Chile overcomes massive quake and tsunami

The challenge of rebuilding after both an earthquake and a tsunami in Chile. Credits: Katie Orlinsky/Caritas

The challenge of rebuilding after both an earthquake and a tsunami in Chile.
Credits: Katie Orlinsky/Caritas

It was the worst disaster Chile had suffered in half a century, not only a strong earthquake but a tsunami too. Two million people were affected. Caritas’s emergency response began immediately: its strong local networks helping it reach the most vulnerable people in the most remote areas, often more rapidly than the government could.

While Caritas Internationalis launched an appeal for $13 million, 250 parishes and 1,500 churches in the disaster area began distributing relief. 4,000 tons of aid, from food and water to tents and clothing, reached 800,000 people. Emotional support was extended to comfort those traumatised.

The 27 February was indeed a dark day for Chileans. The twin natural disasters revealed the “cracks in our development process and the inequalities which exist” said Caritas Chile President Bishop Manuel Camilo Vial. Despite its good economic growth, Chile has wide disparities and now its government says an extra half a million more people are deemed to be poor.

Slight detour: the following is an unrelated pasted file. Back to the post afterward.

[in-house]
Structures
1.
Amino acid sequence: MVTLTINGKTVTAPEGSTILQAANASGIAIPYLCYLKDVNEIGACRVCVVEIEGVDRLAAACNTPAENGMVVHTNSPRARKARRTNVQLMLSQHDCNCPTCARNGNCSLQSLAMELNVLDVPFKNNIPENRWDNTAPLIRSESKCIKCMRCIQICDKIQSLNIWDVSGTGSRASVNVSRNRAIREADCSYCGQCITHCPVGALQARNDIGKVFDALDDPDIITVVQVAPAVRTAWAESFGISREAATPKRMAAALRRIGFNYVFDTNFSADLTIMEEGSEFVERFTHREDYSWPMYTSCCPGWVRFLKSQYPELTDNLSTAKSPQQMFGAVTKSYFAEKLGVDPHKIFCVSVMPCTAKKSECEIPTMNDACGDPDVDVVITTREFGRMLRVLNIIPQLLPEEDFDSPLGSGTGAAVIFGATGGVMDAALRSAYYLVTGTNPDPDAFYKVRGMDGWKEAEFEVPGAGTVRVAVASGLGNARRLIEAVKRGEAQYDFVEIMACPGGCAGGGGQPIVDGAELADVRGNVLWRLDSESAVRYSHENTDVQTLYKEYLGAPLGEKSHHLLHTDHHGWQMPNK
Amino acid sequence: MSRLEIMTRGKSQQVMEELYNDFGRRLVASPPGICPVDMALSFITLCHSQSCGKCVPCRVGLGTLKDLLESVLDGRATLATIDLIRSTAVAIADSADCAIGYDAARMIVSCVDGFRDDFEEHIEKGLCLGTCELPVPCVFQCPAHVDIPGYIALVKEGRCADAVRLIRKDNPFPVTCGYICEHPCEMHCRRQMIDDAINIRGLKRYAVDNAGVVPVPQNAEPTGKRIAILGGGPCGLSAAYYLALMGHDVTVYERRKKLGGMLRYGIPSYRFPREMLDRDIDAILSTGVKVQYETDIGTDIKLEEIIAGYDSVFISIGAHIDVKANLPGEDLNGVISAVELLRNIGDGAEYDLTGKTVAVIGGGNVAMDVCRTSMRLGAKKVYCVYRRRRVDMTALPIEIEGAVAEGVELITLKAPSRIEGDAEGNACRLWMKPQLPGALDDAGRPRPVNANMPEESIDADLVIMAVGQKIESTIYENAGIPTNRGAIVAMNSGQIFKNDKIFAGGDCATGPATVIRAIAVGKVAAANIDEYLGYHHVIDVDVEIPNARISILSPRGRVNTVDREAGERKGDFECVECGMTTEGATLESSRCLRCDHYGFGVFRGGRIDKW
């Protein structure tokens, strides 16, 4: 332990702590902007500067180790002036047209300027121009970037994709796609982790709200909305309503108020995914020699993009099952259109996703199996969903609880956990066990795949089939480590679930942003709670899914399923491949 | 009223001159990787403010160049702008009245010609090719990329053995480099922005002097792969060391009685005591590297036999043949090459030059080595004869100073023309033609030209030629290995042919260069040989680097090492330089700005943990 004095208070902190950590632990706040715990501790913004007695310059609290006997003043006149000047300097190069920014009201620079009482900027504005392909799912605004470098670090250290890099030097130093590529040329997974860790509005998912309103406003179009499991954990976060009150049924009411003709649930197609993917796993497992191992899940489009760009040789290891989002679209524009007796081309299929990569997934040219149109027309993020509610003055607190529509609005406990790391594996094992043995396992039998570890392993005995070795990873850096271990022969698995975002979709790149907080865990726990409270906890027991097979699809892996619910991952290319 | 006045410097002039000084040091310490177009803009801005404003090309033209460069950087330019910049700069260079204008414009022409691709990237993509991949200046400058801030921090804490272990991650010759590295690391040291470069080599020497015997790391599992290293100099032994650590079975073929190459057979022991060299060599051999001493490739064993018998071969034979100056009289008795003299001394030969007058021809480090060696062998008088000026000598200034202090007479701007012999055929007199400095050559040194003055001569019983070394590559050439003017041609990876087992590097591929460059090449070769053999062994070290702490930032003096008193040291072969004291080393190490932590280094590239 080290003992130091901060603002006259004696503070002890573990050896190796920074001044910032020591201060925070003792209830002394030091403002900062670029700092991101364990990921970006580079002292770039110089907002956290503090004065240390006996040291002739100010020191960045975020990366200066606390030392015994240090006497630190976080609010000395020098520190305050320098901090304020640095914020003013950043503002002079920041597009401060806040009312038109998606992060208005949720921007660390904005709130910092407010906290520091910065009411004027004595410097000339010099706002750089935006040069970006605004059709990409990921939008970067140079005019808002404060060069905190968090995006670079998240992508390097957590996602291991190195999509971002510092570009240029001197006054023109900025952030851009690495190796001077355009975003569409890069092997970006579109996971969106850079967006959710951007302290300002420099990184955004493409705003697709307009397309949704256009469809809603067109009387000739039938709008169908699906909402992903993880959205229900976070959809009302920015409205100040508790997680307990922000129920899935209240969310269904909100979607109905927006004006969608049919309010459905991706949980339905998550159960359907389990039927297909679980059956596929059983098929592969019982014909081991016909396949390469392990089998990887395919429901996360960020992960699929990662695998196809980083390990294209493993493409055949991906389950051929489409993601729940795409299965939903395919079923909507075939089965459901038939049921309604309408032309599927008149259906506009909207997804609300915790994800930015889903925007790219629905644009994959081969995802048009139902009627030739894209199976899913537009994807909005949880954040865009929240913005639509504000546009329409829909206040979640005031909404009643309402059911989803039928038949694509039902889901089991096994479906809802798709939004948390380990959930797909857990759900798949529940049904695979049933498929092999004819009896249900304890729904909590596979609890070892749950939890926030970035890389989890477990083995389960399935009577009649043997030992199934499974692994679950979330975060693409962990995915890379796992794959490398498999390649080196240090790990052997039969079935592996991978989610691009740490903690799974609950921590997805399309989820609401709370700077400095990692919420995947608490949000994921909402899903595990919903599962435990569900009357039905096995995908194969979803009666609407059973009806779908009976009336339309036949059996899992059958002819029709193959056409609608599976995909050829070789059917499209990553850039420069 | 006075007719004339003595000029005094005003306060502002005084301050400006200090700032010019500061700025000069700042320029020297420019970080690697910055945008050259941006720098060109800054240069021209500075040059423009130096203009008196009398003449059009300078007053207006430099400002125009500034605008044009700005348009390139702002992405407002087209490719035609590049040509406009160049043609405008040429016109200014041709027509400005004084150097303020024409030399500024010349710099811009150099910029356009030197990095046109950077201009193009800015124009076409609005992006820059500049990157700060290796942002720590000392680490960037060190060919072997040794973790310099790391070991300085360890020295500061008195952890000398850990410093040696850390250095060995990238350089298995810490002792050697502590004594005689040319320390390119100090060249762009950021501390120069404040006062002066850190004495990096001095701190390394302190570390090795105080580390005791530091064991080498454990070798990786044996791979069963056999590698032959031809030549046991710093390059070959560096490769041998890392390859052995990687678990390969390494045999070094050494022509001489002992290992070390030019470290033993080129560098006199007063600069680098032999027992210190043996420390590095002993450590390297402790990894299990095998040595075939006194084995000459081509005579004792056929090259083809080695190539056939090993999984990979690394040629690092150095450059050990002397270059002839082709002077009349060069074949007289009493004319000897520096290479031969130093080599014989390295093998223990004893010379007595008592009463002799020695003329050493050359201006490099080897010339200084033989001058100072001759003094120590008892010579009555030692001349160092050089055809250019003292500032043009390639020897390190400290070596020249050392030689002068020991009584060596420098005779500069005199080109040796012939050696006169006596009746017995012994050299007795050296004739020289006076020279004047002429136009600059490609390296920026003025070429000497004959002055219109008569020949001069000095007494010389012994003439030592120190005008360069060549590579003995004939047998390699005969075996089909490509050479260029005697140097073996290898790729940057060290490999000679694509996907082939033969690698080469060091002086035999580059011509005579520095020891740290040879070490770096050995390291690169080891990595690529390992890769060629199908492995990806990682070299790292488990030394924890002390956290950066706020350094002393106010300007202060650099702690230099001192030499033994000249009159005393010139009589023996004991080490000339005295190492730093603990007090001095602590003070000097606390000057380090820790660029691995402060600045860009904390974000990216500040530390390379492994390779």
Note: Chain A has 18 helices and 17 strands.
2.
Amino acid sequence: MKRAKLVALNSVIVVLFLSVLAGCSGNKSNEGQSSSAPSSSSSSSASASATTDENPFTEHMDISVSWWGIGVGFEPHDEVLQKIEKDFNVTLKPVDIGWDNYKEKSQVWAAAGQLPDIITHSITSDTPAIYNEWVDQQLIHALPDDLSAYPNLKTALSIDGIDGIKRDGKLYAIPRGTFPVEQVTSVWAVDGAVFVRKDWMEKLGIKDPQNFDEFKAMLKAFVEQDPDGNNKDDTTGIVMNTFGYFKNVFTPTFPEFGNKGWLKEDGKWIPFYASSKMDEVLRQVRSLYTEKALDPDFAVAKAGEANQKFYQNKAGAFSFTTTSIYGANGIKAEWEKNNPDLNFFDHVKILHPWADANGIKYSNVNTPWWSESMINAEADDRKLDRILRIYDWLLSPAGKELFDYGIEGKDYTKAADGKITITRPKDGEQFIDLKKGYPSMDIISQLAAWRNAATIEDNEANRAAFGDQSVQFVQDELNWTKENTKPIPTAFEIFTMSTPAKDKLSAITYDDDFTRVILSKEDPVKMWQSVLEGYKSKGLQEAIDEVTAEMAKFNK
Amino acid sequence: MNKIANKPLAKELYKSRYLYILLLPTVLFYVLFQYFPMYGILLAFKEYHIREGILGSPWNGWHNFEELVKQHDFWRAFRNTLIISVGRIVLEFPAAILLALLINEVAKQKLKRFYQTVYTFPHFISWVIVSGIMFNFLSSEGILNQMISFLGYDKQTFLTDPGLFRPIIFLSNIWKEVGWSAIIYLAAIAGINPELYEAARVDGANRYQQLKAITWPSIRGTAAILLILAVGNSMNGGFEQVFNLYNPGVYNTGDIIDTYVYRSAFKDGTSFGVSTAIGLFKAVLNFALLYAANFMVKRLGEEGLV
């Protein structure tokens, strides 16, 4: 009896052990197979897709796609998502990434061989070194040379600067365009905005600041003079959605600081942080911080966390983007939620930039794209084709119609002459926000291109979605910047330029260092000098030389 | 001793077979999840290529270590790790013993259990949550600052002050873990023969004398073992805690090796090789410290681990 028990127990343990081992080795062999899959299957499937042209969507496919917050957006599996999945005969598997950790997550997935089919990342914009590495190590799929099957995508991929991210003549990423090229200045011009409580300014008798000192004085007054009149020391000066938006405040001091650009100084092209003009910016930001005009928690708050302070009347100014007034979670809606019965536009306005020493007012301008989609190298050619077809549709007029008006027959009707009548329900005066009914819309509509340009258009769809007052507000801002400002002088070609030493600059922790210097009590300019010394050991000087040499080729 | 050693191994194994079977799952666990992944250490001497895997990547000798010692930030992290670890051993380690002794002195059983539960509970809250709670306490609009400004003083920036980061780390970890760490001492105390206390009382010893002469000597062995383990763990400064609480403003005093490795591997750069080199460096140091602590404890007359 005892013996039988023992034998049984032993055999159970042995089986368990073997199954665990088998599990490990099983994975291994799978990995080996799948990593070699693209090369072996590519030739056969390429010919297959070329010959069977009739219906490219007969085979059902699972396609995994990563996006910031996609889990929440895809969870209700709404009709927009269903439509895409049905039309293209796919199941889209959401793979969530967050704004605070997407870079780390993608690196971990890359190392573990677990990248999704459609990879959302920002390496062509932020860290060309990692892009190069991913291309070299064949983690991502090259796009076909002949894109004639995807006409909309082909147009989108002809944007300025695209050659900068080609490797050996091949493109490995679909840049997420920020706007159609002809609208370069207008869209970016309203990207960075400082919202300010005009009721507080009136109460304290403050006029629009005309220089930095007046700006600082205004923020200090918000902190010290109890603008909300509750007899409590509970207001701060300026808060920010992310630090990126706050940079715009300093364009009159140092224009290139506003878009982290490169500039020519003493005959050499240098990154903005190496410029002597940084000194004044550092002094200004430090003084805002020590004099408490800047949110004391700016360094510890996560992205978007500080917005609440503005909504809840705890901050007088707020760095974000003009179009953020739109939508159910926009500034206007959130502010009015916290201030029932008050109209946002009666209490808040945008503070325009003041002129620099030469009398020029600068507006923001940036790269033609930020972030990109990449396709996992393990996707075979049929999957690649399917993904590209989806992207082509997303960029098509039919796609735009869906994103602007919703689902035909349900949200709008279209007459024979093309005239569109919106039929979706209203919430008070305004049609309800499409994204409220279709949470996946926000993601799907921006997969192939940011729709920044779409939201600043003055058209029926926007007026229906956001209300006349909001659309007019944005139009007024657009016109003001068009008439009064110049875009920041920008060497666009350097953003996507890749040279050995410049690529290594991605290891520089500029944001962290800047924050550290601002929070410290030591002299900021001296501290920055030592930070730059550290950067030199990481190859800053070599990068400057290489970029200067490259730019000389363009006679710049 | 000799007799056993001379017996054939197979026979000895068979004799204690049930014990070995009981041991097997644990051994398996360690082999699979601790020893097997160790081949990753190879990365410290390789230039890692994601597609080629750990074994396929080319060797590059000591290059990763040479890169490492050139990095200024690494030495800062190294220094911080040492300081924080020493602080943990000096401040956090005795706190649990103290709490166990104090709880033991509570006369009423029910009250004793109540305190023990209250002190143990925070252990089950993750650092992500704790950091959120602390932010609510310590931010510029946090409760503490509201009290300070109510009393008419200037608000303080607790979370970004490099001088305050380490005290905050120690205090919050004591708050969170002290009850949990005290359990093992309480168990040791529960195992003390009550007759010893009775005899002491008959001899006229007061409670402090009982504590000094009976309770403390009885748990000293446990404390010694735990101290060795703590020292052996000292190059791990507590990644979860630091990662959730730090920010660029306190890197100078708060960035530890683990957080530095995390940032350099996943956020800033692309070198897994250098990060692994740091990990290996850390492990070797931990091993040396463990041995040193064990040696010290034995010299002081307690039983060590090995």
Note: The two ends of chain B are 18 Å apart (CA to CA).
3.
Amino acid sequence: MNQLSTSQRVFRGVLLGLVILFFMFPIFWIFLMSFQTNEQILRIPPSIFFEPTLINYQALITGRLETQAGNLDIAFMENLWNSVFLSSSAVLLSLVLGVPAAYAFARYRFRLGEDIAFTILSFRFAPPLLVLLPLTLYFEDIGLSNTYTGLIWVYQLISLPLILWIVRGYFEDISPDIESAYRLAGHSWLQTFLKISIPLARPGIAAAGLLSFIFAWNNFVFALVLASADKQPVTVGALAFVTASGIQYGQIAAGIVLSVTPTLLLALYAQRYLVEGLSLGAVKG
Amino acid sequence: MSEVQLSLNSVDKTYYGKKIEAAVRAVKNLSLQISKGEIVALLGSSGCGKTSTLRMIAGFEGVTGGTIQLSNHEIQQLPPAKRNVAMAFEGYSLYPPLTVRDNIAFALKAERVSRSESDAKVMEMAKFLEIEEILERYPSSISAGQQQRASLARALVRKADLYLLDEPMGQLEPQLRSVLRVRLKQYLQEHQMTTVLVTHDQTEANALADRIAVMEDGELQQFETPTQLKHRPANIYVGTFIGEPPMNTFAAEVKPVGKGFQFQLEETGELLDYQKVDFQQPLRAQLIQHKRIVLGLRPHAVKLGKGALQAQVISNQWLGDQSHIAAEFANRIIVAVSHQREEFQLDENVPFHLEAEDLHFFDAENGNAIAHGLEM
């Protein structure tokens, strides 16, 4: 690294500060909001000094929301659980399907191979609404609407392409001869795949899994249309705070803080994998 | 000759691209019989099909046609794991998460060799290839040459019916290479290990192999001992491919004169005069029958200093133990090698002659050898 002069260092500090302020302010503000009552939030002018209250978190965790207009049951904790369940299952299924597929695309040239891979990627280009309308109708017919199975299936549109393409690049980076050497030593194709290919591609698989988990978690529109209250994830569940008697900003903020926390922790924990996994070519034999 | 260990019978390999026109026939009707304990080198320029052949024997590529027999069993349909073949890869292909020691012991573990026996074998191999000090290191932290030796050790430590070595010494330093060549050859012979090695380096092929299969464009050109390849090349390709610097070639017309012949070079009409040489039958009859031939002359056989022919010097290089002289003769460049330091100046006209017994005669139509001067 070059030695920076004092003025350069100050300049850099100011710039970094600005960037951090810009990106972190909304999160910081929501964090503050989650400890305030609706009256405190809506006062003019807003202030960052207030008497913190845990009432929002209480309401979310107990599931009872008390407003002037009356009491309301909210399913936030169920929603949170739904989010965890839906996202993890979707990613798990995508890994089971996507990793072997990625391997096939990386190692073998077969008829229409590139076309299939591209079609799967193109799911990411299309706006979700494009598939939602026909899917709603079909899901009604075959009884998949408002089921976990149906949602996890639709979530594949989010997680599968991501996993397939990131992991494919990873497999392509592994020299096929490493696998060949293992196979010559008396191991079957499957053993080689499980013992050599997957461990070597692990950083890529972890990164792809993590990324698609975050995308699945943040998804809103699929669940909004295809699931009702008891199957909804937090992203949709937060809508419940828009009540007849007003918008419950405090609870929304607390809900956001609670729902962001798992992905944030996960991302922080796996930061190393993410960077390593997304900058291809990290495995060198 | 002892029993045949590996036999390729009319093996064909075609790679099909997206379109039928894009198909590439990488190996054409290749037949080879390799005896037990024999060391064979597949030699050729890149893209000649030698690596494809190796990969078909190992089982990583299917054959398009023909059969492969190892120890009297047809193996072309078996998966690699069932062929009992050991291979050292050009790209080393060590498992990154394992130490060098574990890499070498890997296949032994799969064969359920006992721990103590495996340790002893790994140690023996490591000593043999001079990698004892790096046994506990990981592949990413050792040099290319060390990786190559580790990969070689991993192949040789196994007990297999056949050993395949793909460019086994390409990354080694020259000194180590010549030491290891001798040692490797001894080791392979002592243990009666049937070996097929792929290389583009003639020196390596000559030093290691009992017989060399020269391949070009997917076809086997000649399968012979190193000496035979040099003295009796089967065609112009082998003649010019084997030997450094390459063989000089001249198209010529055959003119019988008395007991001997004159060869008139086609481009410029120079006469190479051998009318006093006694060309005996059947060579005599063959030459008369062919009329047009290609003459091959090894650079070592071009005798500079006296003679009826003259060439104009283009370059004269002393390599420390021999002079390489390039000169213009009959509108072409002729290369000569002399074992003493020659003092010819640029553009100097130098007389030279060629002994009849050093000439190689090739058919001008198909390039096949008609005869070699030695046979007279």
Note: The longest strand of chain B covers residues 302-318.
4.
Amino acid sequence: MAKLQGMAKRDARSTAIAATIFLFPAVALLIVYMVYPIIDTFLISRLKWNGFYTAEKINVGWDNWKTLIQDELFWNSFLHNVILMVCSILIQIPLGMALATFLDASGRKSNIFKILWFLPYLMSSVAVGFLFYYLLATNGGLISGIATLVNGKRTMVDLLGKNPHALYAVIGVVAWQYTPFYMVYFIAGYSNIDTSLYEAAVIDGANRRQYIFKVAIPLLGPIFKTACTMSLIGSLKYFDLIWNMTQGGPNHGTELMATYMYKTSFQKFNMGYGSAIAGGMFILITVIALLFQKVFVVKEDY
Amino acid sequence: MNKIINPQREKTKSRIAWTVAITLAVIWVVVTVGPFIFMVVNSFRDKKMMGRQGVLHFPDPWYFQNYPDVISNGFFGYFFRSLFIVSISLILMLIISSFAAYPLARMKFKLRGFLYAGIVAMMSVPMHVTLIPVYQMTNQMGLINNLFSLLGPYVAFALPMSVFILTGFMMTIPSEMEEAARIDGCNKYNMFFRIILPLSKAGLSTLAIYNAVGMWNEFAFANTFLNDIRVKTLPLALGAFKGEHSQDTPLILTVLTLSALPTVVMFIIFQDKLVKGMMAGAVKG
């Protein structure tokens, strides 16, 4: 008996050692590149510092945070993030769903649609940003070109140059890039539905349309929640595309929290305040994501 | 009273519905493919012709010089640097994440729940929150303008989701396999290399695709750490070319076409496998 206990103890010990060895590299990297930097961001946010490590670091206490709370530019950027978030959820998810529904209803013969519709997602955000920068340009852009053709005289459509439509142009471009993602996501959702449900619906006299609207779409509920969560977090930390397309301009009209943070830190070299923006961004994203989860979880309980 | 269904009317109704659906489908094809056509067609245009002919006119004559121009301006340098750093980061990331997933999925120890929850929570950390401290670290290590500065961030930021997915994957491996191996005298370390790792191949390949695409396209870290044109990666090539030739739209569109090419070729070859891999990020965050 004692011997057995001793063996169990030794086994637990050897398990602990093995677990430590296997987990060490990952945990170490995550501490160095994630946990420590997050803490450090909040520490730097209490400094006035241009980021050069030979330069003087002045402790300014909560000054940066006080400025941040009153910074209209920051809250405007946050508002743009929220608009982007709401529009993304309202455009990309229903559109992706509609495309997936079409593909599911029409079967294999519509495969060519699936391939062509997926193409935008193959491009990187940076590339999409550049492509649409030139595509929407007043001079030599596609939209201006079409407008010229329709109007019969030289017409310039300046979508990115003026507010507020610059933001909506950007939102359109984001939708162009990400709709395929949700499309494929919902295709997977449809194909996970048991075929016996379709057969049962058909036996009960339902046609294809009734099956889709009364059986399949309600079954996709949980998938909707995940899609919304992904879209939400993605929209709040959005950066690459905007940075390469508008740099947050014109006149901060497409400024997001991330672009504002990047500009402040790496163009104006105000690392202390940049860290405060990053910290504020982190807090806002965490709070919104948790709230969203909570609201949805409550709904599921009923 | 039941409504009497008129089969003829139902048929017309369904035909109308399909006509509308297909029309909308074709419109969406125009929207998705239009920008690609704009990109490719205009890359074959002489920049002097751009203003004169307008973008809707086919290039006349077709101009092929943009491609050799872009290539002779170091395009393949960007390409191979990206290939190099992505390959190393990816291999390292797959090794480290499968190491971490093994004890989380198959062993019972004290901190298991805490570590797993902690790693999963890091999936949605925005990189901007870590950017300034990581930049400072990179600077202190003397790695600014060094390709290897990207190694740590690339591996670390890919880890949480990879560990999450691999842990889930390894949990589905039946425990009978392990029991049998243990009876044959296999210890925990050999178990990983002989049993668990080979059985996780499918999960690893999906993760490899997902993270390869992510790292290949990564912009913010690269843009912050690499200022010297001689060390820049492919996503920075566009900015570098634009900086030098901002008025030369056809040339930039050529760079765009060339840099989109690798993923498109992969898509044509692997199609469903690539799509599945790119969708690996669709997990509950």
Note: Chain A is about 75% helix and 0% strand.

Caritas bore this very much in mind when it began reconstruction programmes in June. Assistance is targeted towards exceptionally poor families, with the focus firmly on community involvement and skills training. Take house building: most beneficiaries actively participate in constructing their new homes and due to the help of specialist technicians they will now be able to work on construction themselves. So far, 235 new houses have been built and nearly 600 repaired.

Juana Carrillo, from the village of Curanilahue, is proud of her new two-bedroom wooden home. “Receiving the keys to our own house is a great joy for us, even greater when you consider that this help has come from so far away,” she said.

The same rules of sustainability and empowerment have been crucial in Caritas’programmes to stimulate economic regeneration.

Communities that were despairing and immobilised have been trained in starting and keeping a business going, with a strong emphasis on diversifying sources of income. More than 600 small family businesses are being nurtured, the aim being that in the event of another natural disaster resilience is spread through a community which does not rely on just farming or fishing.


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